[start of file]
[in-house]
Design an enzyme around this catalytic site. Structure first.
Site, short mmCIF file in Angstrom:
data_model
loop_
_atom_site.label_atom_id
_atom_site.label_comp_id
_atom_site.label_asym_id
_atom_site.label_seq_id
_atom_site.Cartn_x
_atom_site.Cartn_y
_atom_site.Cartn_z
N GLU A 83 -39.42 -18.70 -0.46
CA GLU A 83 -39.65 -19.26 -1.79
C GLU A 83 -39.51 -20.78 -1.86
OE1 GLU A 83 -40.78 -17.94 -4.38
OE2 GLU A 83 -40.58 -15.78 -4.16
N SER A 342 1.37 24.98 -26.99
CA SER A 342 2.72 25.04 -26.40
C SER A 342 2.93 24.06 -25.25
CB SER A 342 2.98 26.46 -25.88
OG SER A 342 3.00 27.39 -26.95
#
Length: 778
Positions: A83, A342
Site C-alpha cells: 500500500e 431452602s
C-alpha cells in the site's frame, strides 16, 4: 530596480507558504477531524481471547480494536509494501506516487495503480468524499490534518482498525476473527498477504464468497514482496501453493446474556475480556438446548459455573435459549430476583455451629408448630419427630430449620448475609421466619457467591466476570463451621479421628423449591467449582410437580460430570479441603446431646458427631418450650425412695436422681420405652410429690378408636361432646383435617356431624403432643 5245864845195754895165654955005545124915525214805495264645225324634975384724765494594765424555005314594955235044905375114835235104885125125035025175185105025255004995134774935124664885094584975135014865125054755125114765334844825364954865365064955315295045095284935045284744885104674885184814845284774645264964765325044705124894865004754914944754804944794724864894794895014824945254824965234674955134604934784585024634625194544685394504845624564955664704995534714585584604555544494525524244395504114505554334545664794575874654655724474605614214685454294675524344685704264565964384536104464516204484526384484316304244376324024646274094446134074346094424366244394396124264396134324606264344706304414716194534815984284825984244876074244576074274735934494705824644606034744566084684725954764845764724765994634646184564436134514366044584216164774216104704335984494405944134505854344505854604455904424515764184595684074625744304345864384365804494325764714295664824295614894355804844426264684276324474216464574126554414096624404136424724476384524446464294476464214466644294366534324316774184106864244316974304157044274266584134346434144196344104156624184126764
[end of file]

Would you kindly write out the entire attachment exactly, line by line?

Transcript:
[in-house]
Design an enzyme around this catalytic site. Structure first.
Site, short mmCIF file in Angstrom:
data_model
loop_
_atom_site.label_atom_id
_atom_site.label_comp_id
_atom_site.label_asym_id
_atom_site.label_seq_id
_atom_site.Cartn_x
_atom_site.Cartn_y
_atom_site.Cartn_z
N GLU A 83 -39.42 -18.70 -0.46
CA GLU A 83 -39.65 -19.26 -1.79
C GLU A 83 -39.51 -20.78 -1.86
OE1 GLU A 83 -40.78 -17.94 -4.38
OE2 GLU A 83 -40.58 -15.78 -4.16
N SER A 342 1.37 24.98 -26.99
CA SER A 342 2.72 25.04 -26.40
C SER A 342 2.93 24.06 -25.25
CB SER A 342 2.98 26.46 -25.88
OG SER A 342 3.00 27.39 -26.95
#
Length: 778
Positions: A83, A342
Site C-alpha cells: 500500500e 431452602s
C-alpha cells in the site's frame, strides 16, 4: 530596480507558504477531524481471547480494536509494501506516487495503480468524499490534518482498525476473527498477504464468497514482496501453493446474556475480556438446548459455573435459549430476583455451629408448630419427630430449620448475609421466619457467591466476570463451621479421628423449591467449582410437580460430570479441603446431646458427631418450650425412695436422681420405652410429690378408636361432646383435617356431624403432643 5245864845195754895165654955005545124915525214805495264645225324634975384724765494594765424555005314594955235044905375114835235104885125125035025175185105025255004995134774935124664885094584975135014865125054755125114765334844825364954865365064955315295045095284935045284744885104674885184814845284774645264964765325044705124894865004754914944754804944794724864894794895014824945254824965234674955134604934784585024634625194544685394504845624564955664704995534714585584604555544494525524244395504114505554334545664794575874654655724474605614214685454294675524344685704264565964384536104464516204484526384484316304244376324024646274094446134074346094424366244394396124264396134324606264344706304414716194534815984284825984244876074244576074274735934494705824644606034744566084684725954764845764724765994634646184564436134514366044584216164774216104704335984494405944134505854344505854604455904424515764184595684074625744304345864384365804494325764714295664824295614894355804844426264684276324474216464574126554414096624404136424724476384524446464294476464214466644294366534324316774184106864244316974304157044274266584134346434144196344104156624184126764